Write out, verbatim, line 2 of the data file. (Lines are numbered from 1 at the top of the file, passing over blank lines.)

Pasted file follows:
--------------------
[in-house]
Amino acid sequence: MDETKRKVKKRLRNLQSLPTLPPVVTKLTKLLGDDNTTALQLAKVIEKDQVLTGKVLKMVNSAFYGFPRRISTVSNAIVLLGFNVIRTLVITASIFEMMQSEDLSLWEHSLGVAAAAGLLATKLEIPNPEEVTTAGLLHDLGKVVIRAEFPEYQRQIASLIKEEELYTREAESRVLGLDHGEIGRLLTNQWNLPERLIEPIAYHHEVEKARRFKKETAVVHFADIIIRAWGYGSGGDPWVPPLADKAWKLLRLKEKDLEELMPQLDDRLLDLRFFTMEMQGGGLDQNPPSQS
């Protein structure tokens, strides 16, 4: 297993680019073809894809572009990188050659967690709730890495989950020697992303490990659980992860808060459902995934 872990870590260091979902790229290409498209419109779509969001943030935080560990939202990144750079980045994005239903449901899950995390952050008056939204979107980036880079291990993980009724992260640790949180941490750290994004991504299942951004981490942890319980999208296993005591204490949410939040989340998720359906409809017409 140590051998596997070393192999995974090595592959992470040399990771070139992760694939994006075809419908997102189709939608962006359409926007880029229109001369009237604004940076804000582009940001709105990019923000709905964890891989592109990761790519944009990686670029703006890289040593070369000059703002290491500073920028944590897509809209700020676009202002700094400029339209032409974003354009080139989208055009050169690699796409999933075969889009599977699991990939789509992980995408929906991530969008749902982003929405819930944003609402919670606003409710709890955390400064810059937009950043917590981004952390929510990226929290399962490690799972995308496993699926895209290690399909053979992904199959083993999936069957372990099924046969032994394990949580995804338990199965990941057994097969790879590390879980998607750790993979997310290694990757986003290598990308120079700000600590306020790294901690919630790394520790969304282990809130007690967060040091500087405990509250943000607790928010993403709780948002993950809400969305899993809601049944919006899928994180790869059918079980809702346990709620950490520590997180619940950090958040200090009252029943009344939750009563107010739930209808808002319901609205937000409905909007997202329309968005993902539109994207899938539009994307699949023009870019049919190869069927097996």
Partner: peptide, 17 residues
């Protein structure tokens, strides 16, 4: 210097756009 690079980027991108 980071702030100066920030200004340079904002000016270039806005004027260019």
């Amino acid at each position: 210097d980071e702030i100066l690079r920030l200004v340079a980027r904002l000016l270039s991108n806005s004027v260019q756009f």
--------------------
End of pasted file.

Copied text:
Amino acid sequence: MDETKRKVKKRLRNLQSLPTLPPVVTKLTKLLGDDNTTALQLAKVIEKDQVLTGKVLKMVNSAFYGFPRRISTVSNAIVLLGFNVIRTLVITASIFEMMQSEDLSLWEHSLGVAAAAGLLATKLEIPNPEEVTTAGLLHDLGKVVIRAEFPEYQRQIASLIKEEELYTREAESRVLGLDHGEIGRLLTNQWNLPERLIEPIAYHHEVEKARRFKKETAVVHFADIIIRAWGYGSGGDPWVPPLADKAWKLLRLKEKDLEELMPQLDDRLLDLRFFTMEMQGGGLDQNPPSQS